Paul Thurrott's Short Takes: September 6
Because summer ends when I say it ends, this edition of Short Takes looks at Slack and its inability to turn a profit, Microsoft testing 5G game streaming in Korea, deep fake videos, mega-yachts, and Window 10 update quality, and so much more.
Slack issues first earnings report. Maybe “earnings” isn’t the right word
Slack issued its first earnings report since going public, and—surprise, surprise—the firm is doing horribly: It posted a loss of $0.14 per share on revenues of $145 million for the quarter ending July 31, far below analyst expectations. The news sent the firm’s stock price into a freefall, triggering questions about how it could possibly compete effectively with Microsoft and its Teams offering. But Slack CEO Stewart Butterfield says that the company is in “a strong cash position,” thanks to about $800 million in cash assets. And it intends to grow its subscriber base of 100,000 paying customers. But Slack is also projecting a loss for the current quarter and for the entire fiscal year, and it’s unclear how or when it will be able to turn that around. Microsoft, meanwhile, has infinite money and is well-respected and well-established in the enterprise market that Slack seeks to grow. I’m going to call this one: Slack is the next Netscape. And this time, the DOJ isn’t going to care if it disappears.
Say Goodbye to Traditional PC Lifecycle Management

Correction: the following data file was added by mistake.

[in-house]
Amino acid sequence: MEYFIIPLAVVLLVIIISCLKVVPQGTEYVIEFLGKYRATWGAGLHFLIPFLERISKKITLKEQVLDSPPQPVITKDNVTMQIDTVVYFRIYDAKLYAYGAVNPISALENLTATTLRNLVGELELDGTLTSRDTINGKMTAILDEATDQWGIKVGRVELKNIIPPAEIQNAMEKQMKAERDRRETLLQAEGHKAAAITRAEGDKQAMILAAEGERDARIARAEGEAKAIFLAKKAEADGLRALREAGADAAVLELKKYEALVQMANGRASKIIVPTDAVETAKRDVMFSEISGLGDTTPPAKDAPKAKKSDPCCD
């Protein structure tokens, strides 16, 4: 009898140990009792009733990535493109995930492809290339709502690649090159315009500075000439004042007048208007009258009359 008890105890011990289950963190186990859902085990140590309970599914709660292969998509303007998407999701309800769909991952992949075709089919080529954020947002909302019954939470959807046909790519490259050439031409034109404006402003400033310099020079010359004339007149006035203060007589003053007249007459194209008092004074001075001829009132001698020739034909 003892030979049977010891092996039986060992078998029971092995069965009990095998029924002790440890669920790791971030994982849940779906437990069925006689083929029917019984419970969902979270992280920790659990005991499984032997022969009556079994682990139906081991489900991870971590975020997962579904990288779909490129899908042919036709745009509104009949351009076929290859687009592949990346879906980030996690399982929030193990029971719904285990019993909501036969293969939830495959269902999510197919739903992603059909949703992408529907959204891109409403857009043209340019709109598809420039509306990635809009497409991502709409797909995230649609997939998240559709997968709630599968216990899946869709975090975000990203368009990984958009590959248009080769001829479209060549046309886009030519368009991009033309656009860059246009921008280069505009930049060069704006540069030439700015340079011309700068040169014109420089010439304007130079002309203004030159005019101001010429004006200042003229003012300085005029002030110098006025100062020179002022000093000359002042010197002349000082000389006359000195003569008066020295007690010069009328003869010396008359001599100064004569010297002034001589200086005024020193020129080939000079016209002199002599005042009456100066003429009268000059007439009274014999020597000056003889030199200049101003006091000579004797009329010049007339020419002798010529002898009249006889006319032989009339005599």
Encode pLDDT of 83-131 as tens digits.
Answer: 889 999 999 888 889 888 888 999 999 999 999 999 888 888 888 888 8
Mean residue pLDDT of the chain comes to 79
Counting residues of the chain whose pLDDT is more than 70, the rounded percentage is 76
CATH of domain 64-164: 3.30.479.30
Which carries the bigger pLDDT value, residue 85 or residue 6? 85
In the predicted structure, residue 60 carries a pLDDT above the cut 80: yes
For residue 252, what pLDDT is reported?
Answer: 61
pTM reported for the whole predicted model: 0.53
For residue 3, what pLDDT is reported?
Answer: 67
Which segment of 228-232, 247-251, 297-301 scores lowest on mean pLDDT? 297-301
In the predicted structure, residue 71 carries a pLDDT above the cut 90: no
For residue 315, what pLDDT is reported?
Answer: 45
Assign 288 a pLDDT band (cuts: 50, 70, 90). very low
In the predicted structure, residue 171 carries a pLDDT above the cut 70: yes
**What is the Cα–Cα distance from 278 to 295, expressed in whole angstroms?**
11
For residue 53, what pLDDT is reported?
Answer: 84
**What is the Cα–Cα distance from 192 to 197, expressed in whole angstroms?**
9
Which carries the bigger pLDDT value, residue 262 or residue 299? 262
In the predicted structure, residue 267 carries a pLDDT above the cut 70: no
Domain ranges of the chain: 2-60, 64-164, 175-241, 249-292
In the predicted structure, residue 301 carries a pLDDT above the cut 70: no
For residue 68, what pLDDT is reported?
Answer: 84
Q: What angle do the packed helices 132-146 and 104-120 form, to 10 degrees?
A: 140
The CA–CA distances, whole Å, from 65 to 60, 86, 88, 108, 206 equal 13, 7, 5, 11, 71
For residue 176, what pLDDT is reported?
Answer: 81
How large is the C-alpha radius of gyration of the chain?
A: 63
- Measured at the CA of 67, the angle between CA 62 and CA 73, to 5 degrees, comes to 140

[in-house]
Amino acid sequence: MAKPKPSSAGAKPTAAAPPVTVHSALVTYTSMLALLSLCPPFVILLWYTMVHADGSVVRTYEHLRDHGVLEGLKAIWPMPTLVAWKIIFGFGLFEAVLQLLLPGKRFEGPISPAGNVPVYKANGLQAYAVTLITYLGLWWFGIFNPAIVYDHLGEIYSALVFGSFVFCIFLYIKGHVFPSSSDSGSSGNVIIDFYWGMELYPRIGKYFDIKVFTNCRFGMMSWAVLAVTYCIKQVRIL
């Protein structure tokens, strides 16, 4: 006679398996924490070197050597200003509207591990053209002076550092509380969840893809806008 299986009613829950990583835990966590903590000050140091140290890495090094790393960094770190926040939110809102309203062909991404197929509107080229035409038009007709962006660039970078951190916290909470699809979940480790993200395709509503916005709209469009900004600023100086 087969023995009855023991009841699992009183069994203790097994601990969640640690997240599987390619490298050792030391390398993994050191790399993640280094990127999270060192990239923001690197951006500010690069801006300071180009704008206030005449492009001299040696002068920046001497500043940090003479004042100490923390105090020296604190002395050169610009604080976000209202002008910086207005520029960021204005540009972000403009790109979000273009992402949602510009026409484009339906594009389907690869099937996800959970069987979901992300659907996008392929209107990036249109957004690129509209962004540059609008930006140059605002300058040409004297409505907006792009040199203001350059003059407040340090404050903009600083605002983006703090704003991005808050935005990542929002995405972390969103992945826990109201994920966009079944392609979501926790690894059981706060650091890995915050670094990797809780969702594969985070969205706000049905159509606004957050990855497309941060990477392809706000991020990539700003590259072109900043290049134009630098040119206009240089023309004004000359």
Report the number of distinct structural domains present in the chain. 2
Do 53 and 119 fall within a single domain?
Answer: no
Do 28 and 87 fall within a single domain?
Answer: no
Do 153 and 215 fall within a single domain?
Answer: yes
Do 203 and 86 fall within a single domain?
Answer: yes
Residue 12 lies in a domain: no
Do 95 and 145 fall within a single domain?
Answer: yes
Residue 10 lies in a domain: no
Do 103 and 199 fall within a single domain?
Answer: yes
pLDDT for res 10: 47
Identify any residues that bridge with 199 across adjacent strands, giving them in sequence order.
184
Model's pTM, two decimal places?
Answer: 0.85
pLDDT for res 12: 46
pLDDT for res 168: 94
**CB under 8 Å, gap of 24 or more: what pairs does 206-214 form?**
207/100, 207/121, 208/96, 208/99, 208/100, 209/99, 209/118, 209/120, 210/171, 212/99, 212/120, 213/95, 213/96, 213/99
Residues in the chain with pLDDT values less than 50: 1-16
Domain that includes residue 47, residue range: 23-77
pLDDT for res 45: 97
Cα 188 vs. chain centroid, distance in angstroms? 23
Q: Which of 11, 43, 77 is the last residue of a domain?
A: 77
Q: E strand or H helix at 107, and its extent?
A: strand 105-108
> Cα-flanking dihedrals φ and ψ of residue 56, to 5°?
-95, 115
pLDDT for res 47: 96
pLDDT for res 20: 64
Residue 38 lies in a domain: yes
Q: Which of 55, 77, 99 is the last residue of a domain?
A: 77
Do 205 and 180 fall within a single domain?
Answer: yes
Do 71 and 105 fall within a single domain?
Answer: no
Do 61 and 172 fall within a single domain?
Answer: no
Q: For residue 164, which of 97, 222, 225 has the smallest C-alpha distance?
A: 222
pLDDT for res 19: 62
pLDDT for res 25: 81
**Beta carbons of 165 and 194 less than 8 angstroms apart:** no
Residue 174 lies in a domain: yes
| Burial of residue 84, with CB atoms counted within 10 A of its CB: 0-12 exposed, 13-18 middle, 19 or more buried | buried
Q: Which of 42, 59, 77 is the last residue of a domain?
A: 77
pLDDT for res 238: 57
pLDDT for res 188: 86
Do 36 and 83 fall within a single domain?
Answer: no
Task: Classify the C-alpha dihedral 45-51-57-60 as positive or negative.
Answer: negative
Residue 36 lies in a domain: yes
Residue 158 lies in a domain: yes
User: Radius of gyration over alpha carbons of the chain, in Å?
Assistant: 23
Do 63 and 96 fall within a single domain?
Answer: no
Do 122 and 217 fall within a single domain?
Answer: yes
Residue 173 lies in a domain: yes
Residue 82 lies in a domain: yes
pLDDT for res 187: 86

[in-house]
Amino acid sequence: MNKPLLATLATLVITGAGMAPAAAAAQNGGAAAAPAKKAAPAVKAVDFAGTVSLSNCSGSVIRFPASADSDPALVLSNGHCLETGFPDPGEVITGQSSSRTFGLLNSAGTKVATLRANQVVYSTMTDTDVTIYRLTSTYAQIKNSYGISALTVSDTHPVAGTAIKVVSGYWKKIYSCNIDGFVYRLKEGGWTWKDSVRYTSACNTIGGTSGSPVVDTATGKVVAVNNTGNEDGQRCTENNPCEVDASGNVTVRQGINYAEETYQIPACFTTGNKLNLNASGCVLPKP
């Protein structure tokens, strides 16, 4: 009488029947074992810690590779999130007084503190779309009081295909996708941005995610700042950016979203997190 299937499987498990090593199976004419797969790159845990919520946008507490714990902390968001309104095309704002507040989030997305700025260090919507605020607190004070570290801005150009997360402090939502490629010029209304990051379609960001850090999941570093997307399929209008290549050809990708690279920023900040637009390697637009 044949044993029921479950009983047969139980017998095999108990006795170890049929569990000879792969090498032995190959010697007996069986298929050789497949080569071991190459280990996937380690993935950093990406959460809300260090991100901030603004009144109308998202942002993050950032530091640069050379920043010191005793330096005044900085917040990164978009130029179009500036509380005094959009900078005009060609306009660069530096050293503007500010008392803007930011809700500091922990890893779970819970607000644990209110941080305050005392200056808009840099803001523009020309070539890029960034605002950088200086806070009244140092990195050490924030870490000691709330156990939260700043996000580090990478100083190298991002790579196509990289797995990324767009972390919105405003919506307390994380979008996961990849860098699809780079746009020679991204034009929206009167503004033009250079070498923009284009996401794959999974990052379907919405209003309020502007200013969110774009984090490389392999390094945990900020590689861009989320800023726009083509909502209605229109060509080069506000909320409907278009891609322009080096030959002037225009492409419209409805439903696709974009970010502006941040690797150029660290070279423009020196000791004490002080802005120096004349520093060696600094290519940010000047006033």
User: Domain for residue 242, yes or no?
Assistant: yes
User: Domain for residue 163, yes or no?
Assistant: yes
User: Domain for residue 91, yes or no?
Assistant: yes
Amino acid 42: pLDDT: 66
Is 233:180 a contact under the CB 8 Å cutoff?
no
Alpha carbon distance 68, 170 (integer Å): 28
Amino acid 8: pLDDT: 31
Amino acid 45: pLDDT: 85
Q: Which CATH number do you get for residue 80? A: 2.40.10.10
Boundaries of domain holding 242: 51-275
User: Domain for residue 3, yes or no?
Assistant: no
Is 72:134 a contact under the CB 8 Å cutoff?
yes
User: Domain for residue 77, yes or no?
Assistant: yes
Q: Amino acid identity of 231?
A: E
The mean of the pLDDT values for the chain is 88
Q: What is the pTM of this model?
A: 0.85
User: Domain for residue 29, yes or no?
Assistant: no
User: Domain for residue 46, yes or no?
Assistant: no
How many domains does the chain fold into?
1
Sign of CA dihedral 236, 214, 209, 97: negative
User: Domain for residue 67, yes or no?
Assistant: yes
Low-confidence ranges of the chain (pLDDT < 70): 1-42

Traditional IT tools, including Microsoft SCCM, Ghost Solution Suite, and KACE, often require considerable custom configurations by T3 technicians (an expensive and often elusive IT resource) to enable management of a hybrid onsite + remote workforce. In many cases, even with the best resources, organizations are finding that these on-premise tools simply cannot support remote endpoints consistently and reliably due to infrastructure limitations.
Free software advocate Richard Stallman spoke at Microsoft Research this week
And by “free software advocate,” we mean “scary-looking homeless guy”
Microsoft will test 5G game streaming in South Korea
Microsoft announced this week that it will partner with SK Telecom to deliver 5G-based game streaming in South Korea. The two firms will begin testing Microsoft’s Project xCloud game service in preview in October using SK Telecom’s “super-fast speed and ultra-low latency” 5G network. “Microsoft’s approach to game streaming combines nearly 40 years of gaming experience with investments and resources from Azure, Microsoft Research, and other business groups across the company, allowing us to reach gamers around the world,” said Microsoft executive vice president Phil Spencer. Left unsaid: Microsoft would love to test 5G gaming in the United States, but none of the wireless carriers here can get their act together. Indeed, SK Telecom already boasts over one million 5G subscribers on its world’s leading mobile infrastructure. It’s like they’re living in the future or something.
“Why you might actually buy a 5G phone in 2020”
Because time marches on and obviously.
Microsoft, others will try to help others spot deep fakes